As cities go, Newcastle is small and compact so getting around is easy, quick and cheaper than other cities in the UK.
With that in mind, walking is your best bet (especially in the city centre). It will take you around 20 minutes to stroll from one end to the other. If you can avoid driving then we’d recommend it.
Here we give you 6 options on getting around this glorious city, ensuring you get to see as much as possible without delay.
Described as the first modern light rail system in the UK, the Metro is the easiest way to get about Newcastle. It is the second-largest metro system in the UK after the London Underground covering Newcastle, Gateshead, South Tyneside, North Tyneside, and Sunderland.
Check planned travel works here before travelling
City Centre – The city centre has three metro stations, Monument, Haymarket & Central Station. Visitors coming to Newcastle via the mainline will arrive at Central Station so if you need to get to your destination on the Metro then just look out for the large yellow & black “M” sign. A single priced ticket within 1 zone will cost you £2.00 or £3.60 for unlimited travel.
Airport – The metro is a great way of getting into Newcastle from the airport and will take approximately 25 minutes. It costs £3.15 per person for a single ticket but if you are returning on the same day then it will be cheaper to buy a day ticket for £5.30.
The Coast – If you have time on your hands and want to take in some of the North East’s stunning coastline then the Metro is the hassle-free way of getting to the coast. We would suggest buying an all zones day ticket rather than a single which costs £5.30.
Tynemouth is a cool, laid back town on the coast and has plenty to whet your appetite including bars, restaurants and of course fish and chip shops. We recommend pitching up at King Edwards Bay for a relaxed sunny day, however, if you’re feeling active then take a stroll along Tynemouth beach which will take you to Cullercoats.
If you’re wanting to go to the coast for the day then you’ll want to get off at either Tynemouth, Cullercoats or Whitley Bay metro stations.
You can, of course, go further afield and go to South Shields which is another seaside town with the added bonus of a fairground for the kids.
Getting around on bus is simple, quick and easy and doesn’t cost the earth. The best place to start is here, you’ll be able to find all the information you need on which stop you need to be at and if there are any changes on your route.
You may want to look to see if the bus you need is running before you set off, you can find out here
For prices on tickets click here
Taxi’s in Newcastle & Gateshead are in an abundance so you’ll have no problems getting one. The black cabs are dotted all over the city centre but usually only wait on designated ranks. These can be found in the tourist hot spots such as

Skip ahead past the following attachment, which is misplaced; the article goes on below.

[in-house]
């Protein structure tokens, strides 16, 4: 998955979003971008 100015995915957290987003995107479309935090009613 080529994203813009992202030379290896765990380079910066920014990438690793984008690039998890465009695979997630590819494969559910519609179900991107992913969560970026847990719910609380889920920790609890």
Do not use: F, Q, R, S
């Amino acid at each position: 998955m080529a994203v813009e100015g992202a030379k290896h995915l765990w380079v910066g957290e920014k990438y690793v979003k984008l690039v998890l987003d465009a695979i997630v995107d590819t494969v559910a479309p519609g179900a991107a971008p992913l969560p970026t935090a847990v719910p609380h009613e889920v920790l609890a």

- Theatre Royal, Grey Street
- Newcastle Central Station (Outside Royal Station Hotel)
- Pilgrim Street
Visitors should be aware that the prices in black cabs are slightly higher than booking a private taxi and you should always ask how much the fare will be at the start of the journey. Should you have any issues then ask to see the driver’s badge and take note of the license number and the plate on the back of the car.
If you want to plan ahead and book your own taxi then below is a list of numbers of Newcastle & Gateshead’s biggest firms. Uber also operates in Newcastle
Dean Taxis 0191 444 4444
Blueline Taxis 0191 262 6666
LA Taxis 0191 287 7777
Getting out on your own 2 feet is a healthy way to see this beautiful city. As we’ve mentioned once or twice, the city is small and compact meaning you can see it all within a day.
Combining walking with local transport can really take you everywhere. Take a stroll along the Quayside (Market on a Sunday) and if you want the blood pumping then go up Dean Street to Grey Street to burn off those calories (thank us later)
There is nothing better than blowing off the cobwebs from the night before with a bike ride along the Quayside right? Apart from keeping you fit and helping the planet, you’ll see things not accessible by the Metro, Bus, Car or taxi. The bonus of a bike ride along the quayside is that it’s flat and there are designated bike paths.
You must be warned that Newcastle is perched on top of a hill meaning that if you want a stroll through the city centre from the Quayside you’ll have to contend with steep inclines unless you take the route from City Road onto Mosley Street.
Newcastle used to have MoBike where you could rent a bike but unfortunately, it ceased its operations in the city in early 2019.
If you insist on driving then we must tell you that most of Newcastle City Centre is a one-way traffic system with the added bonus of bus-only streets around the Monument. It really doesn’t tick any boxes in terms of ease, time or functionality but if you are driving and your hotel does not have access to a car park then we’d recommend you park your car on the outskirts of the city centre (it won’t be far to walk because the city is compact).
Times Square Car Park – Situated next to the Redheugh Bridge, ideal for those travelling either North or South on the A1
Manors Multi-Storey – Ideal for those travelling south on the A1, although it will be the busiest route taking you through Gateshead over the Tyne Bridge
From 2021 the local council plan to enforce a daily toll on coaches, buses, and lorries that do not meet emissions standards and they will be hit with £50 daily fees to enter the city centre once the CAZ comes into force in 2021, with a £12.50 charge for taxis and vans.
General traffic will be reduced from two lanes to one lane in each direction over the Tyne Bridge from 2021, in a bid to force motorists out of their cars and onto public transport.